Monday 11 January 2010

No go areas can be gone around

Working in locked-down IT work environments can be frustrating, especially as a developer. We usually find a way around or are able to provide valid productivity or basic functionality reasons to have the rules relaxed for us. As long as I can write and run code, administer most tools required for development and google when I'm stuck then I'm a happy coder.

It is the latter that is most likely to be restricted to the point of insanity. This is the case in my current workplace and in pretty much every bank, insurance company and Government department that I have ever frequented for remuneration.

Why can't I use the Internet at work?

Let me talk to you here about how I work and how I like to work. These are two different things but certainly impact the other. How I work is what makes a Damana tick. How I like to work is what makes a Damana productive in the workplace.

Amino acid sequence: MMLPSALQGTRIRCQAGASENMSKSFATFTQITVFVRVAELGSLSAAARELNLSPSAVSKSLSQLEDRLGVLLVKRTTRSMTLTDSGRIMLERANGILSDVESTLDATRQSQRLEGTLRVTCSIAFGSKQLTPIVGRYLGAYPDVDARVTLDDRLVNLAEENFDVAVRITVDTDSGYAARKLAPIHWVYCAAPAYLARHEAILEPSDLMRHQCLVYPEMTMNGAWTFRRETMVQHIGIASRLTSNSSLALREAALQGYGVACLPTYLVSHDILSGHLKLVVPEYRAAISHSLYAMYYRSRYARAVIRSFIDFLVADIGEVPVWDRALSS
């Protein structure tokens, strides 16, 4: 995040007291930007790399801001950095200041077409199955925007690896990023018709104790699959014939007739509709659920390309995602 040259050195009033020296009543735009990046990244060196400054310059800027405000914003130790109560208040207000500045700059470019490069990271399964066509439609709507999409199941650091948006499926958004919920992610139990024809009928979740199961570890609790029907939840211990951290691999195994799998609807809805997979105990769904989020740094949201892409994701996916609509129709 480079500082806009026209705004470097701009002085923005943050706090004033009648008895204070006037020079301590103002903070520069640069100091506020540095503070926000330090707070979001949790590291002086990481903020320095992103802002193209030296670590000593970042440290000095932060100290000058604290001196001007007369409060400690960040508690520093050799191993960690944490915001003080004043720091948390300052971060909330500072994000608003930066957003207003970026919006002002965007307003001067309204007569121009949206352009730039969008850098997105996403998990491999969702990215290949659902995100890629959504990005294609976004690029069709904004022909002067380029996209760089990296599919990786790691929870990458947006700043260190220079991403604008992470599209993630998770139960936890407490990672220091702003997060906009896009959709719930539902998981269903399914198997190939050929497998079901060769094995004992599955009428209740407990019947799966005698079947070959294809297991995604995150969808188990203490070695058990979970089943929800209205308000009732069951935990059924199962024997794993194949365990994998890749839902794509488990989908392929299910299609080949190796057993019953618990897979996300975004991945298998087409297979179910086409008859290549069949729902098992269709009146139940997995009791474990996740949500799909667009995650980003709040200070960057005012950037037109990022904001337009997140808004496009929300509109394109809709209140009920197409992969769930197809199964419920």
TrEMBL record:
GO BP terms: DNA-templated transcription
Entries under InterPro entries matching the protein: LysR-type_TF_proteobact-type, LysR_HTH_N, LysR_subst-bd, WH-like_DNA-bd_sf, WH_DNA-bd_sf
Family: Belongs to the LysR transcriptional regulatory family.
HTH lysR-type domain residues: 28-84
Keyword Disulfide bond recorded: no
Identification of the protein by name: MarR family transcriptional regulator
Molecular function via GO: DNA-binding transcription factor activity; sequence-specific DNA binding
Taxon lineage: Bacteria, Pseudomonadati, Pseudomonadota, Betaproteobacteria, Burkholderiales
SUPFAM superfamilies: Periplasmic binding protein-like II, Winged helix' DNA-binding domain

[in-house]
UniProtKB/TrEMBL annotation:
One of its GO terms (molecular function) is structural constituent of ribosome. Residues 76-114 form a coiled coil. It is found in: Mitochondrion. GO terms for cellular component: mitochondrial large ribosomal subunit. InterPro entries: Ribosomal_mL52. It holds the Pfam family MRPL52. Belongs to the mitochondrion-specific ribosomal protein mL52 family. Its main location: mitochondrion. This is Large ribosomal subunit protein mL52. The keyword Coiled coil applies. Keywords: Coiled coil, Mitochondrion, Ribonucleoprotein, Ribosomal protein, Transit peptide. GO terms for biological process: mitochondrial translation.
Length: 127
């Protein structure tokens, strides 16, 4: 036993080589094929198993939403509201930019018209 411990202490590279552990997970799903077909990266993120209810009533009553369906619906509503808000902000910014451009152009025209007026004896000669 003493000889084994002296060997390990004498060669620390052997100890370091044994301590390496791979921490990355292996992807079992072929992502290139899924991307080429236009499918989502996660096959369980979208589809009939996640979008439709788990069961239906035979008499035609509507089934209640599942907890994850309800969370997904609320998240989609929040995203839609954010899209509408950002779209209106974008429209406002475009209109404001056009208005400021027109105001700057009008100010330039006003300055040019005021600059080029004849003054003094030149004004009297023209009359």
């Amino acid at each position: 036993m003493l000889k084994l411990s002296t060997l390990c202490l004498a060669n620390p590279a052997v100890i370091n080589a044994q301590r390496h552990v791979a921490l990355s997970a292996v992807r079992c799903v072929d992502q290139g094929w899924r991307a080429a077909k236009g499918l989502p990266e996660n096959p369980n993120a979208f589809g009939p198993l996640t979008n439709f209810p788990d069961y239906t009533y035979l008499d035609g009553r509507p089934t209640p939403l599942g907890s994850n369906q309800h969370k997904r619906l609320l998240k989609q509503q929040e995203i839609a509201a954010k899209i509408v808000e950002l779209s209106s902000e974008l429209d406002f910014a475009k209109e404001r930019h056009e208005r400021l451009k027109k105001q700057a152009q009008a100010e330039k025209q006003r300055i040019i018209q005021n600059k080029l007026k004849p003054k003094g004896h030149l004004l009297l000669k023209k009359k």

As software engineers, ours is a thinking game. The actual doing does not take much time. If you see your job involving a lot of typing then you are most probably doing it wrong. The majority of my time is taken up with deciding what to do and then implementing it follows as a distant second.

When I say thinking, that doesn't mean reclining with feet on the desk and smoking a cigar, while wearing a dressing gown. No, it simply means that my progress can be broken down as follows...

How I like to Work
  1. Decide which task to work on next [thinking] - Where does the task fit in to the work I'm currently doing or just finished? What is the highest priority at the moment and which task satisfies that? What task will score me the most points with the business? What are the business benefits of this? So on and so on;